Stalks slapped us. But we kept on marching.
This rite of passage appeared endless and darn near impossible. Even insane.
“Do you eat this corn?” I asked Mike Wise.
“No,” the farmer said.
And, after that, we just walked – in the dark, our way illuminated only by Wise’s flashlight.
We were on a quick tour of Wise’s corn maze at his farm in the Brumley Gap section of Washington County, Va.
And, at first, I just looked with envy at all that corn – Wise’s four acres of corn stalks.
“I use it to feed the cattle,” Wise told me.
As for myself, I had grown corn. But, I was never more successful than growing more than a dozen ears a year.
Never mind that. The important thing was, Wise had harvested thousands of ears of corn in his maze.
And, at this point, we were up to our own ears in it all.
Usually, Wise said, “It takes about an hour to go through it.”
But, on this night, it seemed like it was taking us an hour to get out of it.
Turning left, then right, we kept on marching – with only the 63-year-old farmer’s flashlight to guide us.
“You built this maze,” I said. “Do you know your way out?”
Then, again, he just kept going.
“See here?” the farmer said a moment later, pointing with his flashlight. “Here’s one some kids made – a shortcut to get from one way to the other.”
Wise didn’t use it.
He simply turned again.
Then, he explained the rules of his maze.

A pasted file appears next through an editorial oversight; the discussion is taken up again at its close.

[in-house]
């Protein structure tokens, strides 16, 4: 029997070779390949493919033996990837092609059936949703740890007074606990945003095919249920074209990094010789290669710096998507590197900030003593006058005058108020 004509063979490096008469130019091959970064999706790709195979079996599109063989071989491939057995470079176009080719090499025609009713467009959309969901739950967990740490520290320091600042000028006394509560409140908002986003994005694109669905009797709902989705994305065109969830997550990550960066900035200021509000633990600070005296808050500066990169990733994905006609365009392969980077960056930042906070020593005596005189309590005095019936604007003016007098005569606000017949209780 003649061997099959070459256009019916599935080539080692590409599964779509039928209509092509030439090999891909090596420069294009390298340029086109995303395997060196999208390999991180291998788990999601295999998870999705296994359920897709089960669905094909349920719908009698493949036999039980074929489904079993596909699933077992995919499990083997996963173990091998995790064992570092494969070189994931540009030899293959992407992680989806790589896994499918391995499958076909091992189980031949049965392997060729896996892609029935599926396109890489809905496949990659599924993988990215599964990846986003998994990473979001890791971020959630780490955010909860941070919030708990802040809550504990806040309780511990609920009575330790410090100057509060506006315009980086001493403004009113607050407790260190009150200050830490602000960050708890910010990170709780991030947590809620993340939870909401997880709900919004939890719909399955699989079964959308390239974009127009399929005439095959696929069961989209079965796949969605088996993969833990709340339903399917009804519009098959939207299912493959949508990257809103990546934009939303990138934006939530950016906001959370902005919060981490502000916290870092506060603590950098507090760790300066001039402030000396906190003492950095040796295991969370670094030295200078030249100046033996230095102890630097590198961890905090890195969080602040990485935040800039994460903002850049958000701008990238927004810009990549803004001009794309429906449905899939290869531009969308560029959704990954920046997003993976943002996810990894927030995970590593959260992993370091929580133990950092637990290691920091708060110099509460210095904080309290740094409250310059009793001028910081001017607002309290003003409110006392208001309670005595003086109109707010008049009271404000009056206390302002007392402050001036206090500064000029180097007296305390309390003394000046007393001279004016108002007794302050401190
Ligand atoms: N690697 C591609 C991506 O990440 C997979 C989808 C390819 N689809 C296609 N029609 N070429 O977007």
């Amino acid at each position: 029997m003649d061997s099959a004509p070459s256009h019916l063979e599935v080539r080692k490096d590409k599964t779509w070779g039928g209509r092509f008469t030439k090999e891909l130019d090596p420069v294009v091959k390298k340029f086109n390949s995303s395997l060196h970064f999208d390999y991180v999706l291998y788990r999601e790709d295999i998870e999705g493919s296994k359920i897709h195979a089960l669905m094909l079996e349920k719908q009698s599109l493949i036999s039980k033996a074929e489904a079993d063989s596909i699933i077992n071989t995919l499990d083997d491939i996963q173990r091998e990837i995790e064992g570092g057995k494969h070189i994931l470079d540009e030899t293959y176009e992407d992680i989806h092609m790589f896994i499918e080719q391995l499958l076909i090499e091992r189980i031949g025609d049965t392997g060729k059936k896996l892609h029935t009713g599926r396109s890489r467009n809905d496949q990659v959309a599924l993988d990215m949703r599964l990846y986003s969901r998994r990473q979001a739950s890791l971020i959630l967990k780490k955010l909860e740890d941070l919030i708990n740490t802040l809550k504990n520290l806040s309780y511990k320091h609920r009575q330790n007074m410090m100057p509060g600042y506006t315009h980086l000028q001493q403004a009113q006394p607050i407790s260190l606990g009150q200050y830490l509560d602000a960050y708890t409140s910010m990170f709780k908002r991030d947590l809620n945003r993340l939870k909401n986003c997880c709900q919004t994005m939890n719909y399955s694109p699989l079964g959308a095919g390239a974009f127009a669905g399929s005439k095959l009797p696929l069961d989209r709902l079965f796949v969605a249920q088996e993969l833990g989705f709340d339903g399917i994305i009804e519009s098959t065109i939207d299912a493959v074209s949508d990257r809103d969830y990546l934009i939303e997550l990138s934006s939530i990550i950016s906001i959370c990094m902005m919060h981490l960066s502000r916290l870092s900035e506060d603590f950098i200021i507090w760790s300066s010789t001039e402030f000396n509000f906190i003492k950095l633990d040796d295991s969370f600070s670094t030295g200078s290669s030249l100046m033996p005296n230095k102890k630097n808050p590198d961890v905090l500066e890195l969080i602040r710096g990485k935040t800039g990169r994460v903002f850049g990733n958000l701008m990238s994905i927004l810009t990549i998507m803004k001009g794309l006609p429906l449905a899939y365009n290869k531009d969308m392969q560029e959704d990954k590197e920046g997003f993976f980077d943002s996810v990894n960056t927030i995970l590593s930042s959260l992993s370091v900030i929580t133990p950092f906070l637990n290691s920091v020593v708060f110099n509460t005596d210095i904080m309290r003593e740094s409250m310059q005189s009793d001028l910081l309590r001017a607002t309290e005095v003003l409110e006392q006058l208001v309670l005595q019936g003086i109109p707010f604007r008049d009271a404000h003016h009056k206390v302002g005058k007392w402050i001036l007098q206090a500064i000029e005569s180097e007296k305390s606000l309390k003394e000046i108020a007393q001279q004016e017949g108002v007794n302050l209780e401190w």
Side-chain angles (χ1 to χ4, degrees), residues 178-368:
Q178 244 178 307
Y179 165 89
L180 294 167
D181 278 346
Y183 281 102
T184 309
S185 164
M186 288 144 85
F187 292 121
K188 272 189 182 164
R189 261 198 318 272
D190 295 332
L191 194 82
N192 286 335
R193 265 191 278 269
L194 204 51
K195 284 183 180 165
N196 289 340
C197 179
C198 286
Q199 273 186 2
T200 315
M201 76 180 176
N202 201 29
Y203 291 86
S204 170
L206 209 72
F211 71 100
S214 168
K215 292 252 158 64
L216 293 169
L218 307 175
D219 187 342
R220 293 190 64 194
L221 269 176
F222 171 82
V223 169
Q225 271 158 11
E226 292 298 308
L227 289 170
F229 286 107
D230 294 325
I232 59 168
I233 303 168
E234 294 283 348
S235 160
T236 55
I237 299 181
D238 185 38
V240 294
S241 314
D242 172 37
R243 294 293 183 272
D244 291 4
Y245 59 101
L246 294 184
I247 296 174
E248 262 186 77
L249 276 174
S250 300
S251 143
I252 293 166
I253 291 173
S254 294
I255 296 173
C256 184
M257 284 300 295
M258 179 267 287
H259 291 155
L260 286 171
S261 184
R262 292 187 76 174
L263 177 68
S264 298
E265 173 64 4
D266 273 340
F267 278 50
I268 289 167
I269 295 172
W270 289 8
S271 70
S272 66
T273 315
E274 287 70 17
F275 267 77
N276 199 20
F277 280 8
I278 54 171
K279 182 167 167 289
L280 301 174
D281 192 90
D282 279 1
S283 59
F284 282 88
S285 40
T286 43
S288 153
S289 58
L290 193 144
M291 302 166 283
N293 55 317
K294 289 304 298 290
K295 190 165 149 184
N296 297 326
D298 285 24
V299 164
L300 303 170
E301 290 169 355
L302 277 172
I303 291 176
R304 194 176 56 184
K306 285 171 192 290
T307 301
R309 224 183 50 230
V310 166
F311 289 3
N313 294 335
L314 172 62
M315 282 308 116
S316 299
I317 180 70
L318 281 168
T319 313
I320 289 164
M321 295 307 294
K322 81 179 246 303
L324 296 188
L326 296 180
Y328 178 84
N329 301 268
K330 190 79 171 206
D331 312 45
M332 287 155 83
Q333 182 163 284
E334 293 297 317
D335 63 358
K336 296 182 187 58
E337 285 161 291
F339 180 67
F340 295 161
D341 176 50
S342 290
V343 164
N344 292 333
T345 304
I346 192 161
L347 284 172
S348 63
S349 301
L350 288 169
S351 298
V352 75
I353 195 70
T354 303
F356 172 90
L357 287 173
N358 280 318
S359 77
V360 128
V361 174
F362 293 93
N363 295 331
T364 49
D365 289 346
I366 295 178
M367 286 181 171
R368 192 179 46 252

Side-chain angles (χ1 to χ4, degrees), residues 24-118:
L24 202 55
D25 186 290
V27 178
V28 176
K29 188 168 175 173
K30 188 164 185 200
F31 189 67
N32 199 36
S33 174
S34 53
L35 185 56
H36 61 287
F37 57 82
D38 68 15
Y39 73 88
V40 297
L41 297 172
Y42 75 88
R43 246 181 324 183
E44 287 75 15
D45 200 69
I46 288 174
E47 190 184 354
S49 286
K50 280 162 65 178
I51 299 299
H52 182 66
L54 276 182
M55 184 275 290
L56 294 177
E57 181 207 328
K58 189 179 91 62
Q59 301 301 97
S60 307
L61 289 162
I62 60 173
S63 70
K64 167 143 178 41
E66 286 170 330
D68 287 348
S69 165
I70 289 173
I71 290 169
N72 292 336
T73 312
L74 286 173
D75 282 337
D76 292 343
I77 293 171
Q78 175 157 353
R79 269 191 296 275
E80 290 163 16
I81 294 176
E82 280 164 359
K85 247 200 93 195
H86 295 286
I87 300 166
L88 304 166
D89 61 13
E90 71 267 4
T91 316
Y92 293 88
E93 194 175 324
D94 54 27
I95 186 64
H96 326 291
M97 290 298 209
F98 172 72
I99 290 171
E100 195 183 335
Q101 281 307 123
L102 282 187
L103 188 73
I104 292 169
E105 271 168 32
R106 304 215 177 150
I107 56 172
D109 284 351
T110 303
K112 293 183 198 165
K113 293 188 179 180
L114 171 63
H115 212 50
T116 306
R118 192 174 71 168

“It’s a treasure hunt,” he said. “You take your ticket, and you’ve got 10 numbers. The object is to find your punches.”
You go from station to station, punching your ticket, like a game.
“It’s fun and exciting,” said Megan Gobble, a young student at nearby Greendale Elementary School.
Somewhere in the middle of this maze, we met Megan and one of her cousins, Dalton Martin, a student at Rock Spring Elementary School in Kingsport, Tenn.
These kids stood with tickets in hand, like they knew where they were and where they were going.
As for Wise and me, we didn’t have scorecards.
And it looked like we were never going to ...
“Wait a minute,” I said again. “You planted all this.”
“Yep,” Wise said.
“And you laid it out, like a maze,” I went on.
“Yep,” Wise said again.
“But you really don’t know the way–”
Huh? Really? WHOOSH!
We zigzagged our way to an open field.
“Ah, shucks,” I said, feeling disappointed.
Want to try it for yourself? Wise’s Haunted Barn and Corn Maze is located along Brumley Gap Road, near the Brumley Gap Volunteer Fire Department, just off U.S. 19 at Brumley Gap, Va. Admission is $6 on Oct. 30-31, running from dark to 11 p.m. Call (276) 623-1326.